I was speaking with a client just the other day.  He had a multifamily deal that required about $20M of equity.  His plan was to get about $40M of debt (i.e., 2/3rds leverage).  The target IRR return for the deal was in the mid-teens.  Sound straightforward enough?
However, right now, there are not that many investors that want to do that deal.  Part of the reason is that the cost of the debt is just too high.  It could be over 6% and even hit 7%, so it is hard to get the capital for a deal like this to make sense.
Then I asked him, “What would the total projected return on the deal – i.e., the IRR -- be with no leverage at all?”  He said about 10%-ish, and then it hit me….kind of obviously…..why are we seeking leverage if it is so expensive?
I mean, if you asked me personally to write a check that had a 15% target IRR with two-thirds leverage or a 10% target IRR with zero leverage, it would be a no-brainer for me.  I would take the latter deal any day.  There is close to zero risk – as long we aren’t overpaying.  Plus, the odds are that someday interest rates will drop – and the cost of leverage will drop, and we can get financing when financing is less overpriced.
Another way to look at it is to think that for any deal – just as you analyze the cost of bricks and things – you also analyze the cost of leverage.  If the cost is too high, you try to find a way to avoid it or minimize it.  Right now, leverage costs a ton, so maybe go all-cash till the cost drops. 
So – my point here – is to consider this option if you haven’t already.  This is super obvious, I guess, but I don’t see it happening that much in the market.  Actually, I don’t see it happening at all, so maybe it isn't that obvious after all.  And maybe the reason is that people think their investors are spoiled to demand 15% IRR when they might jump at 10% without leverage risk.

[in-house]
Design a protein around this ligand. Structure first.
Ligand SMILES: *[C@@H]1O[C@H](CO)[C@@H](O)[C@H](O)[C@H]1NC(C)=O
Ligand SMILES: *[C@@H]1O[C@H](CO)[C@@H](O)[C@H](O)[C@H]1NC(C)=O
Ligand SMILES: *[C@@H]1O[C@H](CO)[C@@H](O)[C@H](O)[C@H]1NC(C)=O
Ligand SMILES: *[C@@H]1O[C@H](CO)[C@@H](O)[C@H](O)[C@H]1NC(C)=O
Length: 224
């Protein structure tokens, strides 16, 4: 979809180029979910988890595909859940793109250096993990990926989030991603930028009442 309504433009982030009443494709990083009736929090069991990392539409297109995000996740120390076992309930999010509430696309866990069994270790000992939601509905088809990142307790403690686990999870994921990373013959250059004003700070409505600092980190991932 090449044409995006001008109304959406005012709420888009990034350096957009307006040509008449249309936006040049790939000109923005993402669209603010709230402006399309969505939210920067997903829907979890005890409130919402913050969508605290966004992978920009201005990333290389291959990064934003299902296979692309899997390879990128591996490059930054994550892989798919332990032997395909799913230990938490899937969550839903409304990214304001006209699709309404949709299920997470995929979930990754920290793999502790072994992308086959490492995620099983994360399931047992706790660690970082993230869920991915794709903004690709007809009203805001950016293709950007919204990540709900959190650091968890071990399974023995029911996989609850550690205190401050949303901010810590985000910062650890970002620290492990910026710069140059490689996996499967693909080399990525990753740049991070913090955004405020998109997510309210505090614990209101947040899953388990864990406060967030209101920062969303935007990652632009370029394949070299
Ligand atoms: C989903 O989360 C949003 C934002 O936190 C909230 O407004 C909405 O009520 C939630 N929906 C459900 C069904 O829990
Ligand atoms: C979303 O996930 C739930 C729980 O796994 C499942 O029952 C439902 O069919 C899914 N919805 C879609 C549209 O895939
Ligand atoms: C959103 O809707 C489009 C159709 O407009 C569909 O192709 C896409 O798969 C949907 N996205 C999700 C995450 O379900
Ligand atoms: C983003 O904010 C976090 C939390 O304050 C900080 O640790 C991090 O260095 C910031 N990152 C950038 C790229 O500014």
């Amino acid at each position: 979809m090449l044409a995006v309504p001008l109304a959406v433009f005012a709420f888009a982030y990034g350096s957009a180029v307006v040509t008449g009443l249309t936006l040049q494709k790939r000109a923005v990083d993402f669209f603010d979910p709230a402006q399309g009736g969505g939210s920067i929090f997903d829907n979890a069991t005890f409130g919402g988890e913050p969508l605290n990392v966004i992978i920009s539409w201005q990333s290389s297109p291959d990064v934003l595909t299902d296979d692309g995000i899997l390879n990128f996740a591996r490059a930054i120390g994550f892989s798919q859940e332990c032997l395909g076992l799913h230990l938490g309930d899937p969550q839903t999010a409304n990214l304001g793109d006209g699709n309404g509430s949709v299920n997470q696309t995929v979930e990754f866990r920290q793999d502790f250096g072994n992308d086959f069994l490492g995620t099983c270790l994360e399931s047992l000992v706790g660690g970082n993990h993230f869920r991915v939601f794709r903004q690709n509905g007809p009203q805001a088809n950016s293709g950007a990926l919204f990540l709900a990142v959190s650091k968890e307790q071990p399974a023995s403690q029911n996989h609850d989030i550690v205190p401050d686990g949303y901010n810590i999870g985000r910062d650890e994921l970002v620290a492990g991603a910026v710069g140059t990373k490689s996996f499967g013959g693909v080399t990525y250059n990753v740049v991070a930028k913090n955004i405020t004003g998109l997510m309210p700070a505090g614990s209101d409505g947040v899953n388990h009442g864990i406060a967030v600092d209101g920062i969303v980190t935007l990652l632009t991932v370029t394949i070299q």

By the way, the counterargument is that if interest rates keep rising, then cap rates will fall, and you could still lose money; however, I am confident no one has a crystal ball on interest rates, and the loss with no leverage would be a lot less than the loss with leverage in percentage terms.
And here is a kicker additional idea if you are considering this the no-leverage concept. Consider a PACE Loan! 
If you are not familiar with PACE, I suggest that you should learn about it and put it in your arsenal. Here is a quick primer on PACE if you are not familiar with it, and here is a super-quick summary: 
Notably, PACE (property-assessed clean energy) financing provides property owners with loans to finance (or refinance in retroactive PACE) 100% of the cost of energy-saving/carbon-reducing improvements (think solar, energy-efficient windows, etc.).  Unlike “regular” loans, PACE financing is very long-term (i.e. 25-years-ish) and self-liquidating, plus it is like your property taxes and upon a default, is not accelerated (a default is cured by paying the then outstanding assessments plus any applicable penalty or late interest).  The big impediment to PACE is that it primes first mortgages.  Therefore, lenders often aren’t in love with it.  However….drum roll… if, as aforesaid, you aren’t getting a first mortgage, then this concern drops away.  The other impediment is that the amount of a PACE loan is limited by the amount of “green” improvements which exist at the property that will qualify for  PACE financing.
My law firm – Adler & Stachenfeld LLP – is doing a ton of work in this Pace Space, so to speak – and dare I say, we are one of the legal industry leaders for PACE.  And PACE is not small potatoes either, as some of the loans we are handling for clients are over $200M.  And yes, we can introduce you to PACE lenders if you like. 
So these are two ideas that may help deals get done in this tricky market.


Bruce Stachenfeld aka The Real Estate Philosopher®